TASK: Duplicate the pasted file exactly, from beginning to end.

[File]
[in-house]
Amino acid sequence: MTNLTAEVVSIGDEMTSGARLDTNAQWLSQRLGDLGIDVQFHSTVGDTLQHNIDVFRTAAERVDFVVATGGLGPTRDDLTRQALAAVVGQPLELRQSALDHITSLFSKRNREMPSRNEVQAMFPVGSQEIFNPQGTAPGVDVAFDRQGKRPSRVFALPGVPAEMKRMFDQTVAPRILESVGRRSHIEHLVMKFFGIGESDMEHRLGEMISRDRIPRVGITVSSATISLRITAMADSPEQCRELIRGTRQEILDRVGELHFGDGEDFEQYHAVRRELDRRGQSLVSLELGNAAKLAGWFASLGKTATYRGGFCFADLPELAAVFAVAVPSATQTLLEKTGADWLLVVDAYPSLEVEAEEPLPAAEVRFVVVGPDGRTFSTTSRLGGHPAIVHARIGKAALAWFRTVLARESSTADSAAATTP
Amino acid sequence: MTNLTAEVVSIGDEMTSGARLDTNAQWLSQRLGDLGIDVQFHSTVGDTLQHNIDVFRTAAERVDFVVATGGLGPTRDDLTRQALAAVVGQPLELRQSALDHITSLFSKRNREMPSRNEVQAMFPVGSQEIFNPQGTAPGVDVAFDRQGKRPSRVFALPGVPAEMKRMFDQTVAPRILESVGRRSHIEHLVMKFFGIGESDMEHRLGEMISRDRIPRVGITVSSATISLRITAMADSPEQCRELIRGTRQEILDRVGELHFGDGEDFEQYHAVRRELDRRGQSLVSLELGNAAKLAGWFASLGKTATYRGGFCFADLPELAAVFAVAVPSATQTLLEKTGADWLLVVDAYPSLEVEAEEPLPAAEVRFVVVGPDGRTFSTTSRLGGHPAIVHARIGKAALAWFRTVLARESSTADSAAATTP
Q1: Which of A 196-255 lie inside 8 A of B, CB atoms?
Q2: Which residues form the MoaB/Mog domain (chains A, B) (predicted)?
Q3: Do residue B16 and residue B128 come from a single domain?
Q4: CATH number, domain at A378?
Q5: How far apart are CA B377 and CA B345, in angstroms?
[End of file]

[in-house]
Amino acid sequence: MTNLTAEVVSIGDEMTSGARLDTNAQWLSQRLGDLGIDVQFHSTVGDTLQHNIDVFRTAAERVDFVVATGGLGPTRDDLTRQALAAVVGQPLELRQSALDHITSLFSKRNREMPSRNEVQAMFPVGSQEIFNPQGTAPGVDVAFDRQGKRPSRVFALPGVPAEMKRMFDQTVAPRILESVGRRSHIEHLVMKFFGIGESDMEHRLGEMISRDRIPRVGITVSSATISLRITAMADSPEQCRELIRGTRQEILDRVGELHFGDGEDFEQYHAVRRELDRRGQSLVSLELGNAAKLAGWFASLGKTATYRGGFCFADLPELAAVFAVAVPSATQTLLEKTGADWLLVVDAYPSLEVEAEEPLPAAEVRFVVVGPDGRTFSTTSRLGGHPAIVHARIGKAALAWFRTVLARESSTADSAAATTP
Amino acid sequence: MTNLTAEVVSIGDEMTSGARLDTNAQWLSQRLGDLGIDVQFHSTVGDTLQHNIDVFRTAAERVDFVVATGGLGPTRDDLTRQALAAVVGQPLELRQSALDHITSLFSKRNREMPSRNEVQAMFPVGSQEIFNPQGTAPGVDVAFDRQGKRPSRVFALPGVPAEMKRMFDQTVAPRILESVGRRSHIEHLVMKFFGIGESDMEHRLGEMISRDRIPRVGITVSSATISLRITAMADSPEQCRELIRGTRQEILDRVGELHFGDGEDFEQYHAVRRELDRRGQSLVSLELGNAAKLAGWFASLGKTATYRGGFCFADLPELAAVFAVAVPSATQTLLEKTGADWLLVVDAYPSLEVEAEEPLPAAEVRFVVVGPDGRTFSTTSRLGGHPAIVHARIGKAALAWFRTVLARESSTADSAAATTP
Q1: Which of A 196-255 lie inside 8 A of B, CB atoms?
Q2: Which residues form the MoaB/Mog domain (chains A, B) (predicted)?
Q3: Do residue B16 and residue B128 come from a single domain?
Q4: CATH number, domain at A378?
Q5: How far apart are CA B377 and CA B345, in angstroms?